Some feature films get their start as shorts. And while it didn’t win an award, The Roper—a short subject produced by Seattle-based Lucid—garnered a good amount of attention at the SXSW Film Fest.
Lucid normally makes ads for clients like Nike and BlackBerry; but, with The Roper, filmmakers turned their lens toward Kendrick Domingue, an African-American calf roper from Louisiana. While there are black cowboys in the West and Texas, they’re rare in the deep South. Domingue is a compelling character, with a single-minded determination to get to the National Finals Rodeo in Las Vegas just once in his life—and a gentle patience with the racism he experiences along the way.
“Some of 'em give me a snotty look sometimes,” he says. “But I ain’t worried about it, you know. It’s the older people mostly. Still set in their ways.”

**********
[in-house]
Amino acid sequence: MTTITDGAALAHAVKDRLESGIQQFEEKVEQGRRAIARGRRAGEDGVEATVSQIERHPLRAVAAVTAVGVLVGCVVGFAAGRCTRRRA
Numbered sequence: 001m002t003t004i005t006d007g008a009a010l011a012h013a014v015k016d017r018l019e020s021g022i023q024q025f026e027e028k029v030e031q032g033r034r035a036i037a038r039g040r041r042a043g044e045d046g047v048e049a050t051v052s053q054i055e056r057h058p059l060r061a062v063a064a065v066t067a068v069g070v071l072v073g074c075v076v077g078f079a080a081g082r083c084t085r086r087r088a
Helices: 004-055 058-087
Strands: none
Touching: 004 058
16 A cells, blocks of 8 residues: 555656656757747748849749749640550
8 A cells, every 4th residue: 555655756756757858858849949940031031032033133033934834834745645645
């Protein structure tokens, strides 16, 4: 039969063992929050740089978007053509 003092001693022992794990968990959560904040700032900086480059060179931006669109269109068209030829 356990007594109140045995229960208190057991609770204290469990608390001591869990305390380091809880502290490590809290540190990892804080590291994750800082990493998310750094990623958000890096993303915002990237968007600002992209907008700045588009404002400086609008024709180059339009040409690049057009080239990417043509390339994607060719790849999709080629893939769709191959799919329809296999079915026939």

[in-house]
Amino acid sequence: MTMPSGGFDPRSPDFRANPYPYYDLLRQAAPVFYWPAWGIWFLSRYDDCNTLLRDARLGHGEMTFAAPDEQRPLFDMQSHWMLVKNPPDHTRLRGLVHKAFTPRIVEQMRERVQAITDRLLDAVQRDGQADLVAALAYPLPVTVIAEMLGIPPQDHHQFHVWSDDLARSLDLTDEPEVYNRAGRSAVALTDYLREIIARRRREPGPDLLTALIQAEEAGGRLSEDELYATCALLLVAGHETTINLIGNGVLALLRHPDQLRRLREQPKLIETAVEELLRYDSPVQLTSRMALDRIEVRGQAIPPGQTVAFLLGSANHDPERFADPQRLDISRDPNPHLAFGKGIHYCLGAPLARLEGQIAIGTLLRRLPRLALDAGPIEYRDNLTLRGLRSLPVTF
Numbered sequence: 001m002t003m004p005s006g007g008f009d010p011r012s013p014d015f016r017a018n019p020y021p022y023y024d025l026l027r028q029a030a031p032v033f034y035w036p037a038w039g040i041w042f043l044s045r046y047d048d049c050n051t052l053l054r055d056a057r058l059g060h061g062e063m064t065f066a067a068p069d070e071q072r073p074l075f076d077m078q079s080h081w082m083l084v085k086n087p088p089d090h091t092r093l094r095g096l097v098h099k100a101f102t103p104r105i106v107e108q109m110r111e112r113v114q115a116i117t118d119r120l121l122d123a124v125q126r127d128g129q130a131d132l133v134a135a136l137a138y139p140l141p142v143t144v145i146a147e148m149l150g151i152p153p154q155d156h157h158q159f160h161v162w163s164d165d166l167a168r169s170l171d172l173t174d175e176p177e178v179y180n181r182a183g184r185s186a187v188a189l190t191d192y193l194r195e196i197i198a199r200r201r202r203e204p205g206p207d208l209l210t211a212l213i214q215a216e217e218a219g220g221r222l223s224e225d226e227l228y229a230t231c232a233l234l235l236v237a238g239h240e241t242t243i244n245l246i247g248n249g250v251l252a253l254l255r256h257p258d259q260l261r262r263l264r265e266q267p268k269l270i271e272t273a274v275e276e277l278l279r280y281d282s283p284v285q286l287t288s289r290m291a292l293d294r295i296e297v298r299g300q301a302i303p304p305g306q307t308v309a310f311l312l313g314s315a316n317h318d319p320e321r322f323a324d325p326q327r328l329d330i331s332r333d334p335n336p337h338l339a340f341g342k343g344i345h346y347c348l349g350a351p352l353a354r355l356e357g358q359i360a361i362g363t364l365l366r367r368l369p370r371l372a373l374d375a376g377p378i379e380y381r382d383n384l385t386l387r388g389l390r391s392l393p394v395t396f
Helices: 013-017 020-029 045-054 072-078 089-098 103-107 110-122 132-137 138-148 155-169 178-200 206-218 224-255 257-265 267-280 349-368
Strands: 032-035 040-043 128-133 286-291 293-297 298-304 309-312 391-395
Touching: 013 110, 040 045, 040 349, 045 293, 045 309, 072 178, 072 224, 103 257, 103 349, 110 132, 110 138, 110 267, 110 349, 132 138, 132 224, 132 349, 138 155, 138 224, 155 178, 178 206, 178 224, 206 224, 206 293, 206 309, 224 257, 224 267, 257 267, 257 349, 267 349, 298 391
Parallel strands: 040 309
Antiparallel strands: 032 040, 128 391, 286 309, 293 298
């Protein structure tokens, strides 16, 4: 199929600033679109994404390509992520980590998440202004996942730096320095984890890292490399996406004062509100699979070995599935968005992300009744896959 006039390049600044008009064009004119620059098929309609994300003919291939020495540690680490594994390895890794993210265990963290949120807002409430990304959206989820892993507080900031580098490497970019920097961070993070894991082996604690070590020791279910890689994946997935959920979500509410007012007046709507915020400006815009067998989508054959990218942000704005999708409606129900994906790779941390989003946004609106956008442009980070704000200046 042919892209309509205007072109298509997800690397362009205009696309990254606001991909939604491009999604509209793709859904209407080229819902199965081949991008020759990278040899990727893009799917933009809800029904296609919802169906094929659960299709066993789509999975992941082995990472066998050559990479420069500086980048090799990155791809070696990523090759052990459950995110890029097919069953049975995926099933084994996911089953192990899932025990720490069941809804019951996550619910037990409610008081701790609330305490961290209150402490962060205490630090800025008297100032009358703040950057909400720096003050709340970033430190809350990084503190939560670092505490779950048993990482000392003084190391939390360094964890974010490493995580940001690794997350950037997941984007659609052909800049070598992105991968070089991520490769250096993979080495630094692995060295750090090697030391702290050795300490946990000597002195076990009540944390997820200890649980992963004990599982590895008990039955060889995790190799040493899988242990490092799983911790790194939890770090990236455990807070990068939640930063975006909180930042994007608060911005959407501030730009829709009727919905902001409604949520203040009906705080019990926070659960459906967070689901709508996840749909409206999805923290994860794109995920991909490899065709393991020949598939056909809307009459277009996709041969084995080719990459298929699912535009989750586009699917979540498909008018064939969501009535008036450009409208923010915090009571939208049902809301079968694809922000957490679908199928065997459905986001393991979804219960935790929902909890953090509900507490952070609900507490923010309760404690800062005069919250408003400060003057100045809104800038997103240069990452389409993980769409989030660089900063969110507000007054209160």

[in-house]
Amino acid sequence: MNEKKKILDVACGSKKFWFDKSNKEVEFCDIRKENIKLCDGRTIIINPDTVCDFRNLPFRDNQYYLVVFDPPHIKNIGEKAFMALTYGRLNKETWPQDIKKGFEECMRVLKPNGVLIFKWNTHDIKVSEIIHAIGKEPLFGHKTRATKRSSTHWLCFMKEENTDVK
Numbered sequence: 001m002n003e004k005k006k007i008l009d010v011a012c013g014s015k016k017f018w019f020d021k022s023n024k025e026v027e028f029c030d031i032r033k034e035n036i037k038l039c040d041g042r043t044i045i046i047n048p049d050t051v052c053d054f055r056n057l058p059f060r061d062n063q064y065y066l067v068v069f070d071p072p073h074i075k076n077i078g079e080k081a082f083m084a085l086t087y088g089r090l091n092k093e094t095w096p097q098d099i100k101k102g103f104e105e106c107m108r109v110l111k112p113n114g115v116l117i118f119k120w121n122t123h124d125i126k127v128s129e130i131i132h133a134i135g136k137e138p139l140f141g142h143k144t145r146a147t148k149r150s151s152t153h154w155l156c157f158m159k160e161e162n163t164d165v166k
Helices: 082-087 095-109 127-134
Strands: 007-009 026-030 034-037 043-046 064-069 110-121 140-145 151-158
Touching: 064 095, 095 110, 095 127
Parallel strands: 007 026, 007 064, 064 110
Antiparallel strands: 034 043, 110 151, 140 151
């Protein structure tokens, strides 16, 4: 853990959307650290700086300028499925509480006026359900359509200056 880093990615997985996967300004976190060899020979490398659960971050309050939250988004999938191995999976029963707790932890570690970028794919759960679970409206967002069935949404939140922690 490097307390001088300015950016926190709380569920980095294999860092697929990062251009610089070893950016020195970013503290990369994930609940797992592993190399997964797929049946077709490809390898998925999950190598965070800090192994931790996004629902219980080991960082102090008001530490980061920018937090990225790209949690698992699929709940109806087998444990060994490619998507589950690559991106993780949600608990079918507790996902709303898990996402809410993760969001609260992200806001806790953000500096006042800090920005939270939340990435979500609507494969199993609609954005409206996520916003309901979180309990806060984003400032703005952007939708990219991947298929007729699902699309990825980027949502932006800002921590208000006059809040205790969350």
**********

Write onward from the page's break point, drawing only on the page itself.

Directors Anna Sandilands and Ewan McNicol had started out to make a film about zydeco trail horse riders in the South. One rider they met in particular, in Lafayette, La., stood out to them. It was Domingue, who then showed them footage of his roping skills and talked about his dream to get to Vegas. So the pair decided to concentrate their story on him.
When the short was finished, the producers uploaded it to their website, where it is still available as part of their Meet Me Here series. But it gained popularity online, so the producers submitted it to Sundance and SXSW, where it was accepted.
They now hope to turn it into a feature-length documentary, with the working title of Rookie. I say stick with Roper, which is much more illustrative of this story: a sweet portrait of a modest young man who practices obsessively and prays before he rides, “Oh, Lord… just let me rope to the best of my ability. Hopefully I can win a check. If don’t win a check; oh, well. I’ll get 'em next time.”